Cole refuses to take easy option heading into Commonwealth Games
After etching her name into the record books as Australia’s most decorated female Paralympian in Tokyo, swimming legend Ellie Cole had little desire to subject herself to too many excruciating pool sessions heading into the Commonwealth Games in late July.
Birmingham was always going to be Cole’s last competition in the pool but the 30-year-old just couldn’t help herself.
Ellie Cole will once again represent Australia at the Birmingham Commonwealth Games.Credit:Sam Mooy
“I was just going to enjoy the training a bit more and just do morning sessions,” Cole said. “But then I think my competitive side has got the better of me. I’m still doing 10 full sessions a week and three gym sessions a week.
“It’s going to be pretty cool to stand up in Birmingham and stand up and say you’ve done everything you can and just enjoy it like the last race.”
Cole, who was diagnosed with cancer as a two-year-old and had her right leg amputated, was one 27 Australian Para-swimmers announced on Thursday to compete in Birmingham later this year.
Unlike the Paralympics and Olympics, able-bodied athletes and those with a disability will compete at the same meet.
Will Martin at the Tokyo Paralympics.Credit:Getty
Many of Australia’s stars from Tokyo are returning to the pool, including Will Martin, who won three golds and a silver, plus Lakeisha Patterson and five-time Paralympian Matt Levy.
Blake Cochrane will also become the first Australian Para-swimmer to compete at four Commonwealth Games.
Birmingham will be Cole’s third appearance – after 2010 and 2018 – but despite her illustrious record at the Paralympics, she’s yet to snare a Commonwealth Games gold medal. She has come close, with a silver and three bronze, but wants the full set when she takes the blocks in the 100m freestyle (S9).
Last year Cole said she would only continue through to Birmingham because close friends Cate and Bronte Campbell were planning to be there.
Australian Para-swimming team for Commonwealth Games
Emily Beecroft, Ellie Cole, Katja Dedekind, Jasmine Greenwood, Kirralee Hayes, Jenna Jones, Ella Jones, Jade Lucy, Ashleigh McConnell, Madeleine McTernan, Lakeisha Patterson, Keira Stephens, Isabella Vincent, Blake Cochrane, Timothy Disken, Brenden Hall, Timothy Hodge, Braedan Jason, Matthew Levy, William Martin, Joel Mundie, Col Pearse, Alex Saffy, Liam Schluter, Oscar Stubbs, Jacob Templeton, Harrison Vig.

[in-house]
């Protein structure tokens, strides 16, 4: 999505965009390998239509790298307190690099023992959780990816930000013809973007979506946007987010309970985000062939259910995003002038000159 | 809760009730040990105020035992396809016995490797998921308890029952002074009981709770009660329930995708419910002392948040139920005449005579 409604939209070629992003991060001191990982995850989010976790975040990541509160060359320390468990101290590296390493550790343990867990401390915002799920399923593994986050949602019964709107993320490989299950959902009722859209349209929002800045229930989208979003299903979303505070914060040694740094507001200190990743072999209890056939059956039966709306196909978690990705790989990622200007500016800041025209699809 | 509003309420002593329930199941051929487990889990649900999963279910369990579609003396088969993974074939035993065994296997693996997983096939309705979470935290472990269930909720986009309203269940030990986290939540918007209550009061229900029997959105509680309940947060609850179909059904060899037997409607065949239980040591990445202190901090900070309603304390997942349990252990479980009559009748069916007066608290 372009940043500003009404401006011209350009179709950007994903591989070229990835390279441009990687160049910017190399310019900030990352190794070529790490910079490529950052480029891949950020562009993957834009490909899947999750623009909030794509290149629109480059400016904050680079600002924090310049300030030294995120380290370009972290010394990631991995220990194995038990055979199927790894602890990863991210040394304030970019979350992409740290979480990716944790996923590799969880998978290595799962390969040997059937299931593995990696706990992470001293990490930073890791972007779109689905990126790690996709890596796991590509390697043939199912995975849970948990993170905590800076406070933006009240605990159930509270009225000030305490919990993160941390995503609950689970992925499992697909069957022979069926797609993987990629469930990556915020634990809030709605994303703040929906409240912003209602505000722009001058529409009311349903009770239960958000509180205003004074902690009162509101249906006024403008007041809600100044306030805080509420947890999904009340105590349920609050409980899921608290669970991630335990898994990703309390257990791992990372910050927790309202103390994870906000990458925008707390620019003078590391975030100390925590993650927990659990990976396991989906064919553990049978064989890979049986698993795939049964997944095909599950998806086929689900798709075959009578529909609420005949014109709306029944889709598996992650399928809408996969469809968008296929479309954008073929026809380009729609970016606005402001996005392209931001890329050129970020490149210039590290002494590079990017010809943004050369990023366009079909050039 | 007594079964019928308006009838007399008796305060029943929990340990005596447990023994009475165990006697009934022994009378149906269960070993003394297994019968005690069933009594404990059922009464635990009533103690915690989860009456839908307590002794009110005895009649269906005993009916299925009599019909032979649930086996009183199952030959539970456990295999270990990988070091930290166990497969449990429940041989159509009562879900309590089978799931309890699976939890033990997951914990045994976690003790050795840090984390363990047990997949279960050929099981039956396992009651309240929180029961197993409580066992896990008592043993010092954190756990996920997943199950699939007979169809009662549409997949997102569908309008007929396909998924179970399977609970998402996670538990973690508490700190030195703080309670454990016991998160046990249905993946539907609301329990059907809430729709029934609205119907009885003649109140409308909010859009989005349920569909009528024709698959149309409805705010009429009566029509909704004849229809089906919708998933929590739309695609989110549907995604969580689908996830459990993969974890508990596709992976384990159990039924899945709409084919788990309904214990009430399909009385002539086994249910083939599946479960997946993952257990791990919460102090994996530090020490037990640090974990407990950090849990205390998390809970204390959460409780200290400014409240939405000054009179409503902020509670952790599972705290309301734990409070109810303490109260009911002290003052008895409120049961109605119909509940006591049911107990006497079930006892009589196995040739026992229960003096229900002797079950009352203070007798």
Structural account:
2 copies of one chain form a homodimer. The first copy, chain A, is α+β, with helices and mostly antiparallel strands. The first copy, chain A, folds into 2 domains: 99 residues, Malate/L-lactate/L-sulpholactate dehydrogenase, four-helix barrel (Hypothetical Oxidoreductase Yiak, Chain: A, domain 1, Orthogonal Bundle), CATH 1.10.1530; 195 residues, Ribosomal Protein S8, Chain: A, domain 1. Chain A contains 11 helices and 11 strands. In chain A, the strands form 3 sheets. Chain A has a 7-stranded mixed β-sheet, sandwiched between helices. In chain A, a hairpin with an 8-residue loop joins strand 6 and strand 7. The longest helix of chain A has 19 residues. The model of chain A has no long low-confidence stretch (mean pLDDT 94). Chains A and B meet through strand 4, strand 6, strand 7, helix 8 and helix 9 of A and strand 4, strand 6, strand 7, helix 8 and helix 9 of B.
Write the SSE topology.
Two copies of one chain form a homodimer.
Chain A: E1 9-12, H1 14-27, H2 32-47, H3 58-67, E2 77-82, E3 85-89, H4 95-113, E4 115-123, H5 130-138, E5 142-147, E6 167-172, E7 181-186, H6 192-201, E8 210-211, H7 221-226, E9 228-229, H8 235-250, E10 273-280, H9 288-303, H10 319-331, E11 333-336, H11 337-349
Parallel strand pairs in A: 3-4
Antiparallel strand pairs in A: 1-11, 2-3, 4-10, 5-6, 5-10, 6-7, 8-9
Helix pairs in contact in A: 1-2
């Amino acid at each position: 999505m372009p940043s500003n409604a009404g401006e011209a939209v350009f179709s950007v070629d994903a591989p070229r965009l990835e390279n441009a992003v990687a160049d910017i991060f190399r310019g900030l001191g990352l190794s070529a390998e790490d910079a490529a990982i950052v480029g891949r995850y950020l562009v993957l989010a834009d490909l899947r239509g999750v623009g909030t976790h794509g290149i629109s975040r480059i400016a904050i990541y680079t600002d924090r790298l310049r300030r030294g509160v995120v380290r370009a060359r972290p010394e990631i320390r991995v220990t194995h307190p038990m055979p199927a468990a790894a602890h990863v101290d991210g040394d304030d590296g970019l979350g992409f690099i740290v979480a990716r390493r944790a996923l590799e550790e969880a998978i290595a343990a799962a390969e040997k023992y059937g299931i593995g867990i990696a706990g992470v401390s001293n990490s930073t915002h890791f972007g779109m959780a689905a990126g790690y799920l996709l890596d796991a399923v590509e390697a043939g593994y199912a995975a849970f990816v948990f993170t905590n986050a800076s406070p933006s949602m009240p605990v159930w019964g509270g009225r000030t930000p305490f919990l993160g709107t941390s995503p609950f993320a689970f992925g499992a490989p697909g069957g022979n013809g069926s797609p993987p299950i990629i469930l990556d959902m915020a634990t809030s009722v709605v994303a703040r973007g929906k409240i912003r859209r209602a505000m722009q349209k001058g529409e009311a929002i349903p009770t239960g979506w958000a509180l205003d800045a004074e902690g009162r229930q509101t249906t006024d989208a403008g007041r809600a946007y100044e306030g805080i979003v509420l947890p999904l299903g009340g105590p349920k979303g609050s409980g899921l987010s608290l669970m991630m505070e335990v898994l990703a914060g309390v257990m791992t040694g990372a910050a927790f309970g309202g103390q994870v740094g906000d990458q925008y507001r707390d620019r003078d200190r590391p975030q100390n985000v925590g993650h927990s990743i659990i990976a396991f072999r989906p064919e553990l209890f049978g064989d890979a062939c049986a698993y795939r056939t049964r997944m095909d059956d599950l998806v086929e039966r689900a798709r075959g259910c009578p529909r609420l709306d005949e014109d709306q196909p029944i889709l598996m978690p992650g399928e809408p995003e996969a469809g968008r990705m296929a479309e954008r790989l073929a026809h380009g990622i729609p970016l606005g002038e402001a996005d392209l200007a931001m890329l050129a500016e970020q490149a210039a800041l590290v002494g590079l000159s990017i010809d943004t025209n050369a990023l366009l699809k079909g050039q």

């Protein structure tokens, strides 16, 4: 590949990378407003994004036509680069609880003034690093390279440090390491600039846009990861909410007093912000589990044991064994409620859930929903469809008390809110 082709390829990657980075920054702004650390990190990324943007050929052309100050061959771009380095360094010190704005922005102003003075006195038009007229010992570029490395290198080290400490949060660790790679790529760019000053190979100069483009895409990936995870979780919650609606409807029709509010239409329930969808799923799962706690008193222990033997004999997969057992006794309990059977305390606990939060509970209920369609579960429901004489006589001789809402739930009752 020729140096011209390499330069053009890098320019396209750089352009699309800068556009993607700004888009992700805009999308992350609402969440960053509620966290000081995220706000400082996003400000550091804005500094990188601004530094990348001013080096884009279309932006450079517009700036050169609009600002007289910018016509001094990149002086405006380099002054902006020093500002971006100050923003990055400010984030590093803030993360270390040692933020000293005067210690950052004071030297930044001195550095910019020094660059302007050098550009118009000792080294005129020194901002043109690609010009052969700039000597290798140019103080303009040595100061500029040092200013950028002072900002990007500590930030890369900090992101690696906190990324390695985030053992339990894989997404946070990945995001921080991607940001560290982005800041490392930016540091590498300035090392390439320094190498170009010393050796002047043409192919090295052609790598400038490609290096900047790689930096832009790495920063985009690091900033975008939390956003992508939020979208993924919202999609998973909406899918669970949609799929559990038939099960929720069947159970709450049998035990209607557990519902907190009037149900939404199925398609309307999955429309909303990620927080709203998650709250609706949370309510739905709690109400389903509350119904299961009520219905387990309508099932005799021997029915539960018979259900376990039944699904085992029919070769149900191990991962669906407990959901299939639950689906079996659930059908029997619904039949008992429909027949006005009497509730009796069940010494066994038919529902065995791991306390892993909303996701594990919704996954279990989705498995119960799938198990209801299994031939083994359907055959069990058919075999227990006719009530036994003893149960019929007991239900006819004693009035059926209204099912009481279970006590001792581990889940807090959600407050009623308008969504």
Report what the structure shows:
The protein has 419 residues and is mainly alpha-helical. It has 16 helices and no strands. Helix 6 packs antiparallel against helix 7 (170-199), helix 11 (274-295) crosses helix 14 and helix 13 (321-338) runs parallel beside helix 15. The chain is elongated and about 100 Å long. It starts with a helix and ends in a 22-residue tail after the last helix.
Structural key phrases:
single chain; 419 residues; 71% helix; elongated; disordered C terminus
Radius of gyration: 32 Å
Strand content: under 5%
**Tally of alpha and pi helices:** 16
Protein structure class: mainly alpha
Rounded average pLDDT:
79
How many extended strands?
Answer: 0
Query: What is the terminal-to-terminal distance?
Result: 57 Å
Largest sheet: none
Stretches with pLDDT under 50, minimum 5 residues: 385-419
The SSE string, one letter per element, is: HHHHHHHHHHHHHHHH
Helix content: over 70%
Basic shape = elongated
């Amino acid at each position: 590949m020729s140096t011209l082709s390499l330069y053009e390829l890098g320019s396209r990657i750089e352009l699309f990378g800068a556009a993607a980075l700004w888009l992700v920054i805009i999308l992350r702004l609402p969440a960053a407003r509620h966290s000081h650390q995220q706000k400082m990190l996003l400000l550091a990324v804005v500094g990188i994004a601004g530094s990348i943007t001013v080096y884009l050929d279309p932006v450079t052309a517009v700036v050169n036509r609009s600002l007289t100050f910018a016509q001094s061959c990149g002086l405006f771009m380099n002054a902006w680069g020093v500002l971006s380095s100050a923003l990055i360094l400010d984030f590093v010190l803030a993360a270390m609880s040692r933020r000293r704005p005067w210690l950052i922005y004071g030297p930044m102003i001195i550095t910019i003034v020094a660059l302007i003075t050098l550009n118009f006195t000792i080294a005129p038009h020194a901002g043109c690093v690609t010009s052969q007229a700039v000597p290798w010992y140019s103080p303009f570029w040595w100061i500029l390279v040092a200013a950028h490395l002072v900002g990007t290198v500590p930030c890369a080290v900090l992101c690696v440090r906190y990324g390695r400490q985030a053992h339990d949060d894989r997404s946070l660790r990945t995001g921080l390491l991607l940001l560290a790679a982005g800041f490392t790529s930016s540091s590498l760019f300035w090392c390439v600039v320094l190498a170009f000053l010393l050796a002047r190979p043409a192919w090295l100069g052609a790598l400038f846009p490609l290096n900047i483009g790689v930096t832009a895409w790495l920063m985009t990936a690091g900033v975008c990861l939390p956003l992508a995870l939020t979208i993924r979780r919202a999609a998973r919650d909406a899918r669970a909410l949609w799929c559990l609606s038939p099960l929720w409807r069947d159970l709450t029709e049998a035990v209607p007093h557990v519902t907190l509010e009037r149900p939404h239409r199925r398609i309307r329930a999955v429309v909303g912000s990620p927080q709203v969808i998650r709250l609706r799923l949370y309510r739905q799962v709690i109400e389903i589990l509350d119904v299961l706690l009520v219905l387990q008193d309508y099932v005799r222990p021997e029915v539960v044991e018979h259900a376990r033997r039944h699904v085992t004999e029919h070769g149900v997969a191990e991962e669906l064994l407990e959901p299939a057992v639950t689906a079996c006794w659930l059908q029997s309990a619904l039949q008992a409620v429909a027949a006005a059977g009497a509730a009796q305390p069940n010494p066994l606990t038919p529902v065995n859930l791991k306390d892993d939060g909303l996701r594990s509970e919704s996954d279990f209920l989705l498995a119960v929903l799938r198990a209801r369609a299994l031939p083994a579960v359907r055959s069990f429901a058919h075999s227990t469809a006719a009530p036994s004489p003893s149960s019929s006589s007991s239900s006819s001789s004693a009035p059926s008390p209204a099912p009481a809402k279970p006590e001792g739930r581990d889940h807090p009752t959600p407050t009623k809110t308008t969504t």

That didn’t happen.
“I was spitting chips about that,” Cole said with a laugh. “I got back from Tokyo and Cate’s like, ‘look, I’m not going to go’. Bronte then said she’s going to take a year off. I was like ‘what’s happening? Fine, I’ll go on my own’.
“We have a really big swim team. Although Cate and Bronte aren’t there, there are another 70 athletes who I like spending time with.
“We get very few opportunities to connect as a full team and to be able to actually travel together at the Commonwealth Games is really special. Every year I go online and watch the Olympic guys race at world championships or Olympics. I’m so proud of them because I have got to know them so well but I never have an opportunity to actually travel with them. I love it.
“Unfortunately, at both Delhi and the Gold Coast it came down to milliseconds. When you’re that close, you can’t be disappointed. It’s not like I was off the radar completely. For someone who is only missing a Commonwealth Games gold, it is frustrating.
“Going into Birmingham, I do want to win the gold medal, but I know it does come down to milliseconds and if it does and I don’t win it, I can’t be too upset at myself.”
Australia’s able-bodied athletes will battle it out for Commonwealth Games spots at the Australian Swimming Championships in Adelaide from May 18 to 22.
News, results and expert analysis from the weekend of sport sent every Monday. Sign up for our Sport newsletter.
Most Viewed in Sport
From our partners
Source: Read Full Article